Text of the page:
• What is happening in northern Mali?

A large convoy of the Malian army left Gao on Monday (October 2nd) for the Kidal region, more than 24 hours' drive from the capital.

Its primary destination would be the localities of Tessalit and Aguelhok, north of Kidal, with the aim of taking control of the camps of the UN mission (MINUSMA).

MINUSMA must leave the country on the orders of the junta. His departure and the return of his camps, starting with that of Ber in mid-August, are considered a key factor in the resumption of hostilities by the separatists.

In the standoff between a multitude of armed actors for control of the territory, the separatists believe that the UN holds must return to their control. The Coordination des mouvements de l'Azawad (CMA) has conducted a succession of operations against army positions since Ber. Its fighters are now gathering in the Kidal region.

• Is Kidal a strategic objective?

The desert region of Kidal is the historic home of Tuareg-dominated independence rebellions, a nomadic and marginalized population whose uprisings have shaken Mali since independence.

The camps in the north are all strategic points on the road to Algeria. But the stakes are also symbolic for Bamako.

The Malian army suffered several humiliating defeats at the hands of separatists between 2012 and 2014, and Kidal's insubordination remains in the throat of the military who seized power by force in 2020 and make the restoration of national sovereignty one of their mantras.

• What capabilities does the Malian army have?

At a time when separatists and Salafists were rising up in the north in 2012, quickly followed by the jihadists, the Malian army numbered only a dozen thousand men, according to a 2013 French parliamentary report.

After ten years of French and European military assistance, then Russian, the number of soldiers is estimated at about 40,000. The private Russian paramilitary company Wagner is said to have several hundred men in Mali.

Enough to convince the junta to try a "gamble" by restarting hostilities against the rebels, according to a Western diplomat. But not enough to control a country already under intense pressure from jihadists.

"The strategic problem of the Malian forces is their lack of resources. Either they suffer, or they carry out dynamic operations that result in raids here and there, that's the maximum they are able to do," explains Jonathan Guiffard, associate expert at Institut Montaigne.

Bamako can count on air assets acquired in 2022, including three Turkish Bayraktar drones, as well as L39 Albatros aircraft delivered by Russia, but whose availability and combat effectiveness remain uncertain.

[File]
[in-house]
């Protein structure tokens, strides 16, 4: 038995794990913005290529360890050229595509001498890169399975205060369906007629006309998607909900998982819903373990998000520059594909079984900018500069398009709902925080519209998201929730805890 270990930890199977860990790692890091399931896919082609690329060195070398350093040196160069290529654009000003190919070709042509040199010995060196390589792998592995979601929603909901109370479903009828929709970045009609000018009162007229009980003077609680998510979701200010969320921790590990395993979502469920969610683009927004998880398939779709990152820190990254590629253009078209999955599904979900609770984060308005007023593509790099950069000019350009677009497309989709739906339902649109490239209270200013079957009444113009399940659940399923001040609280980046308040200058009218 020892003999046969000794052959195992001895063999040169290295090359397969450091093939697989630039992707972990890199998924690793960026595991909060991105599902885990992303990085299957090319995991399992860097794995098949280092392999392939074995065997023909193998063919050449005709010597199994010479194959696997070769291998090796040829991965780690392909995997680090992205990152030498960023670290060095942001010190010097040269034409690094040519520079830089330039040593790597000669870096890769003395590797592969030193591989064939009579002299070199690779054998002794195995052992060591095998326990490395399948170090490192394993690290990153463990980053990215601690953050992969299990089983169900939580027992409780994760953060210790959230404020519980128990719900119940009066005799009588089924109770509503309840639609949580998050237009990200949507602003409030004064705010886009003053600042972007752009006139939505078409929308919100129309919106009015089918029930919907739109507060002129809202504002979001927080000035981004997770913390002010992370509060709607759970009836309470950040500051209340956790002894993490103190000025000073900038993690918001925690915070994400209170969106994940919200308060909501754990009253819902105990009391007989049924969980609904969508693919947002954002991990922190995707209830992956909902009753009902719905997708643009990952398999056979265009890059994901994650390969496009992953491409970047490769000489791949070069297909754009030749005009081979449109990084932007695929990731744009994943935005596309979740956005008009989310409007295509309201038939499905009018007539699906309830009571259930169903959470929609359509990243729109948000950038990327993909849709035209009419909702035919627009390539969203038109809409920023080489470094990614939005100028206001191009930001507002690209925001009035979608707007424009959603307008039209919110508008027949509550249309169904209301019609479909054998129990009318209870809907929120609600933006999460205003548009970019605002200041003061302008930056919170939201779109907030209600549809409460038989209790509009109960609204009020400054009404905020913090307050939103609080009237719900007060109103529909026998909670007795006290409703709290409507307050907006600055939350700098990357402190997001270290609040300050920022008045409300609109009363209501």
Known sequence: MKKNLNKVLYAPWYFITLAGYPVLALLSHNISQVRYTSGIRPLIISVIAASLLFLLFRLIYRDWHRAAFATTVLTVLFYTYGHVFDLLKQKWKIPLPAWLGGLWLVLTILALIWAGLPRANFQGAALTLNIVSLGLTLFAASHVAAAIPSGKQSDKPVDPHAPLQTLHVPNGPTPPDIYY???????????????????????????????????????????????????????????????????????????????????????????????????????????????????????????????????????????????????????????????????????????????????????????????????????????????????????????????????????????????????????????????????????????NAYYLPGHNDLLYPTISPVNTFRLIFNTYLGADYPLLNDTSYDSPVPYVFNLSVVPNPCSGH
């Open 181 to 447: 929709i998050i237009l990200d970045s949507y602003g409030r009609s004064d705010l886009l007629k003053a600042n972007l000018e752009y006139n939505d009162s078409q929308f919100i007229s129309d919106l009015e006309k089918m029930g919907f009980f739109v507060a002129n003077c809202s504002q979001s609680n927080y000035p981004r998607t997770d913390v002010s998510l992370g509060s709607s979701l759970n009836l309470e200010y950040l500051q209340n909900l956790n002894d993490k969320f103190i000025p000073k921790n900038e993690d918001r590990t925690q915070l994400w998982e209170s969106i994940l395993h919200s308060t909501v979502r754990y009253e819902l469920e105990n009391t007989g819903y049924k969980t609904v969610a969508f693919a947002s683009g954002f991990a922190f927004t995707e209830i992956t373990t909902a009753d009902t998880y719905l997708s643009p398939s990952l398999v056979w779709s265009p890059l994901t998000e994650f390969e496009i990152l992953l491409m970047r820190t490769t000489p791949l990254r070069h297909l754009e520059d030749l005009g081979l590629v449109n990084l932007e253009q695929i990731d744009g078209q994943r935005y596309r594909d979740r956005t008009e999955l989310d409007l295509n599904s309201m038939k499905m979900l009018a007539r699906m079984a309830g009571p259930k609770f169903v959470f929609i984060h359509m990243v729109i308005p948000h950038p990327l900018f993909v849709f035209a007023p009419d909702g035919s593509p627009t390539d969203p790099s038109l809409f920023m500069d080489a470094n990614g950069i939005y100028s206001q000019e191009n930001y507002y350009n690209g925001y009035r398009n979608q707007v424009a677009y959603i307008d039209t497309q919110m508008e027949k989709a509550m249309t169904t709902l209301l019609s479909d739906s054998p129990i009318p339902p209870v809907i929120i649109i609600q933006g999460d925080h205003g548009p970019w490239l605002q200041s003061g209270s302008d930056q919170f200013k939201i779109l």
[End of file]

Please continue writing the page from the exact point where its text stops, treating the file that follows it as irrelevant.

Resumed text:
• What do the separatist forces represent?

There are no credible statistics to measure the actual number of CMAs. "They often lied to boost their numbers (as part of a program to disarm combatants) and hid their stockpiles of weapons," said Marc-André Boisvert, a researcher at the Centre FrancoPaix (CFP) in conflict resolution.

Before the resumption of hostilities with Bamako, "a realistic figure would be 3,000 to 4,000 men," he said.

The organization of these groups, however, allows them to gather fighters for limited periods, and figures of the rebellion launched Tuesday calls for mobilization.

Expert Jonathan Guiffard notes that the CMA must overcome a "inertia effect" of ten years without fighting. "The CMA is less ready than in 2012, but it has the ground to itself, and it is experienced in an asymmetric war strategy," he said.

Doubt remains as to the arming of the CMA. The Kidal region is known to be a corridor for arms trafficking from Libya.

CMA said it had shot down several Malian aircraft since the resumption of hostilities. If the loss of certain devices is certified, the circumstances are not formally established.

• What relations between rebels and jihadists?

The separatist attacks coincide with an upsurge in actions claimed by the Al-Qaeda-affiliated Group for the Support of Islam and Muslims (GSIM).

The porosity between separatists and jihadists of the GSIM is little doubt for many observers.

"There is no porosity strictly speaking between separatists and jihadists of the JNIM, but family and tribal ties," said Wassim Nasr, a specialist in jihadist movements at France 24. "Not to mention that a lot of blood has been shed between the two movements and that there is a real struggle for influence and clans in the areas concerned."

The JNIM and related groups have always had their own agenda and chains of command, "with objectives that have nothing to do with those of the CMA components," according to Jonathan Guiffard. However, there is "a fluidity between families, tribes", also notes the expert: "It is a logic of social survival, groups impose political domination and you need to survive too."

With AFP

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